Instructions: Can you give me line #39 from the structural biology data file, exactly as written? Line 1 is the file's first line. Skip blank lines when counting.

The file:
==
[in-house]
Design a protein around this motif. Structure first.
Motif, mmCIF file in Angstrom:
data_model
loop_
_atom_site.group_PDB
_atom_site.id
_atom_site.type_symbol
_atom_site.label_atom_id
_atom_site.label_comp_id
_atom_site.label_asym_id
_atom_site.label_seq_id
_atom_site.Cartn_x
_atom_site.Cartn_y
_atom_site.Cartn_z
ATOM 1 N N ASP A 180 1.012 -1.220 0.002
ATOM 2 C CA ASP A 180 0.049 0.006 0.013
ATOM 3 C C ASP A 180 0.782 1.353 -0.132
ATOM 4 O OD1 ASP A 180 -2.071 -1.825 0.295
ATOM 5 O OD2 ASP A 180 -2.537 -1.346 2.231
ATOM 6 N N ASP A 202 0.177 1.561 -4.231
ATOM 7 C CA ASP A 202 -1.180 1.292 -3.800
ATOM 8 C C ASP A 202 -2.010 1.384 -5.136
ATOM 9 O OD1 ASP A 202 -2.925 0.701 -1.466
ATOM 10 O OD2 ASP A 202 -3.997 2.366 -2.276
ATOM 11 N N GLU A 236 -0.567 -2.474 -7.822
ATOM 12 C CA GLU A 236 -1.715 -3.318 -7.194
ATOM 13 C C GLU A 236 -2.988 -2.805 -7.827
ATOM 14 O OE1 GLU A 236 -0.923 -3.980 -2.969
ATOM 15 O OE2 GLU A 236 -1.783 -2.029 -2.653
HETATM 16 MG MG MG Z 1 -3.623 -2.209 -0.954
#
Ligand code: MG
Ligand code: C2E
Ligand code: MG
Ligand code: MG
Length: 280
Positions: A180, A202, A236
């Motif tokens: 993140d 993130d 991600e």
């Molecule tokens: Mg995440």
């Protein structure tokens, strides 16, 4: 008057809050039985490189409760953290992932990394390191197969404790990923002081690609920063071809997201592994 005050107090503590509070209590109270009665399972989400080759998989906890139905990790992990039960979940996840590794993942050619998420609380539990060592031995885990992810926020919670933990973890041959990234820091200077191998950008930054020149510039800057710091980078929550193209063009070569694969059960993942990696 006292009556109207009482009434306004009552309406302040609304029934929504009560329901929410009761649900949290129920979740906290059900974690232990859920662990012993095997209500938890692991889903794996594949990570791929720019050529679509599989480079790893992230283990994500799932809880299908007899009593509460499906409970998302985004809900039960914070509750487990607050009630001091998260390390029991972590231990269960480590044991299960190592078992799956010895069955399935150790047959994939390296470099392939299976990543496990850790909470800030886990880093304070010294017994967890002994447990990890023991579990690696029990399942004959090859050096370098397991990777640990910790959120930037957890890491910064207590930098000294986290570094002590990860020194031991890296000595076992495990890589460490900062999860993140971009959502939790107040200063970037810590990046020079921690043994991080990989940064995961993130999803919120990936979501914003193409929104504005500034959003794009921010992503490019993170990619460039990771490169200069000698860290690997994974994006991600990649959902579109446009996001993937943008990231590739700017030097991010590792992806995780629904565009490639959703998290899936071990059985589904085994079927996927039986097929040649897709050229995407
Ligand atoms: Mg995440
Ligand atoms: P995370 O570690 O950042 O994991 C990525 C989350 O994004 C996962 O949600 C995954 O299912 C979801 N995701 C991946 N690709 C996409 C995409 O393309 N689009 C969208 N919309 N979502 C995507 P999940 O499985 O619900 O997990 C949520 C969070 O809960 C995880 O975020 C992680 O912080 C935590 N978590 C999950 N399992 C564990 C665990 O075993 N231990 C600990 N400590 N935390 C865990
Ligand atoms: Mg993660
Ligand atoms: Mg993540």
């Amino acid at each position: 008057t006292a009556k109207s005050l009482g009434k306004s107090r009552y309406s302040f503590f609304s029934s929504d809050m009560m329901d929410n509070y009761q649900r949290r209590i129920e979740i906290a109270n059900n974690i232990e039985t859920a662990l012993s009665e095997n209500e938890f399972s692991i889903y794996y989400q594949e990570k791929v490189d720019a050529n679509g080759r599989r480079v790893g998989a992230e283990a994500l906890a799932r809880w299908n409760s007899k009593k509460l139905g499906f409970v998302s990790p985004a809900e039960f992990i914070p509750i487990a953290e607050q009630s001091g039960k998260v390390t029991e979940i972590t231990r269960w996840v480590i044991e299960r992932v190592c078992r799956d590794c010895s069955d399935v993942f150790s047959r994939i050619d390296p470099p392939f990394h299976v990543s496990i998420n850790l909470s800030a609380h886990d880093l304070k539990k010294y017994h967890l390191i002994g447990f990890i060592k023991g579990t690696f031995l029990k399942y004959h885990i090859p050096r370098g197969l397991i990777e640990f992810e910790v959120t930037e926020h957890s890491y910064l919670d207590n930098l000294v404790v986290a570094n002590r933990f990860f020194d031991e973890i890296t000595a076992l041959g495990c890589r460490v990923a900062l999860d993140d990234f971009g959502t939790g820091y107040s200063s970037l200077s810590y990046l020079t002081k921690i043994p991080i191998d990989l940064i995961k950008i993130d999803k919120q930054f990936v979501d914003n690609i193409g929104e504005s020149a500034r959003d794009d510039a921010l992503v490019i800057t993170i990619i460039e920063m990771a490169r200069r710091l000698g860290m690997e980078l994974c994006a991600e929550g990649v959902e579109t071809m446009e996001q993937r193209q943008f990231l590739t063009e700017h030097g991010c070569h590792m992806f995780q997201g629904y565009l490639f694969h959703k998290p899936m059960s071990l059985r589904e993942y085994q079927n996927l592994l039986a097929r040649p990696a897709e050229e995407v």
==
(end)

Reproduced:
């Motif tokens: 993140d 993130d 991600e």